Naval Medical Center San Diego is studying whether an anesthetic used during childbirth could help relieve symptoms of post-traumatic stress disorder.
"If we don't get PTSD under control, our crime rate and social disability are going to be out of control," said Lipov, founder of Chicago's Advanced Pain Centers.
The treatment aims to affect the body's sympathetic nervous system through the nerves in the neck. The bundle of nerves that control the "fight or flight" syndrome in the brain are known as the stellate ganglion.
The injection, Lipov said, "resets" the nerve bundle to calm down the agitation and "hypervigilance" that are common to PTSD sufferers. Although denied federal funding, Lipov has received $81,000 from the Illinois Department of Veterans Affairs and has 10 veterans enrolled in his own study.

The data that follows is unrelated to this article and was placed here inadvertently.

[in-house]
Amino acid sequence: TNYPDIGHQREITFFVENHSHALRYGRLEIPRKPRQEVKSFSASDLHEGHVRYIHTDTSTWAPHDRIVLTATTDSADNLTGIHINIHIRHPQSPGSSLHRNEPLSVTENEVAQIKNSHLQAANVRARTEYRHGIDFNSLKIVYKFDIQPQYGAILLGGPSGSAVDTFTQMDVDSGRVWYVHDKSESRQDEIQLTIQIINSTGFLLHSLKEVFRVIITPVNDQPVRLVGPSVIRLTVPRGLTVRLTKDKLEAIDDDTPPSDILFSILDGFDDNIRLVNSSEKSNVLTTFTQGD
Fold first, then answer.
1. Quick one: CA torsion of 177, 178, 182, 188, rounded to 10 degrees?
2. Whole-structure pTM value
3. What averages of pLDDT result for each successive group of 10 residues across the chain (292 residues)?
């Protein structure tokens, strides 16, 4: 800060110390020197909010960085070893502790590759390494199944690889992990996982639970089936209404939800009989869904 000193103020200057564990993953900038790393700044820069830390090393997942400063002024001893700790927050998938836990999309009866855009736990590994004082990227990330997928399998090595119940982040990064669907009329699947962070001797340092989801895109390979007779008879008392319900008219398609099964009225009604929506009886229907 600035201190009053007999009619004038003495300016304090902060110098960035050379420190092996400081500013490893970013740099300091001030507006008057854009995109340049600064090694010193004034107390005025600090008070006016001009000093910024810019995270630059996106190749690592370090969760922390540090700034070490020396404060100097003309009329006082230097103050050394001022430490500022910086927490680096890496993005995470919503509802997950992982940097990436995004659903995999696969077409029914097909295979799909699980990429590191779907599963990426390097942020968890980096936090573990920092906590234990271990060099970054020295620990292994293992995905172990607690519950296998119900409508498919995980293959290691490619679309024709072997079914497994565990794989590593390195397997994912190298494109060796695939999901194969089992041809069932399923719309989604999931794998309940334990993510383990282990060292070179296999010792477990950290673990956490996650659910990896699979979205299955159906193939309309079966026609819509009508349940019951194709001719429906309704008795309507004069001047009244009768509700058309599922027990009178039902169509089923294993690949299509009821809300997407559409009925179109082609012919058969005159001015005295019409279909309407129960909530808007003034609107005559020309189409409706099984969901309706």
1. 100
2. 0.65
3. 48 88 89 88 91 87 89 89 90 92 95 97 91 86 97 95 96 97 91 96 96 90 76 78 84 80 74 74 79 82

On one point all the researchers agree: PTSD will remain a medical challenge long after the end of the wars. McLay said PTSD, by different names, can be traced to the days of Achilles and the Spartans.
"I see Marines, SEALs, Green Berets — the toughest men on earth — and they still have PTSD," McLay said.
Best of luck to researchers and Veterans with this. Whatever works, although it may be a little hilarious to hear a tough old Vet holler "I WANT MY EPIDURAL!". Heh.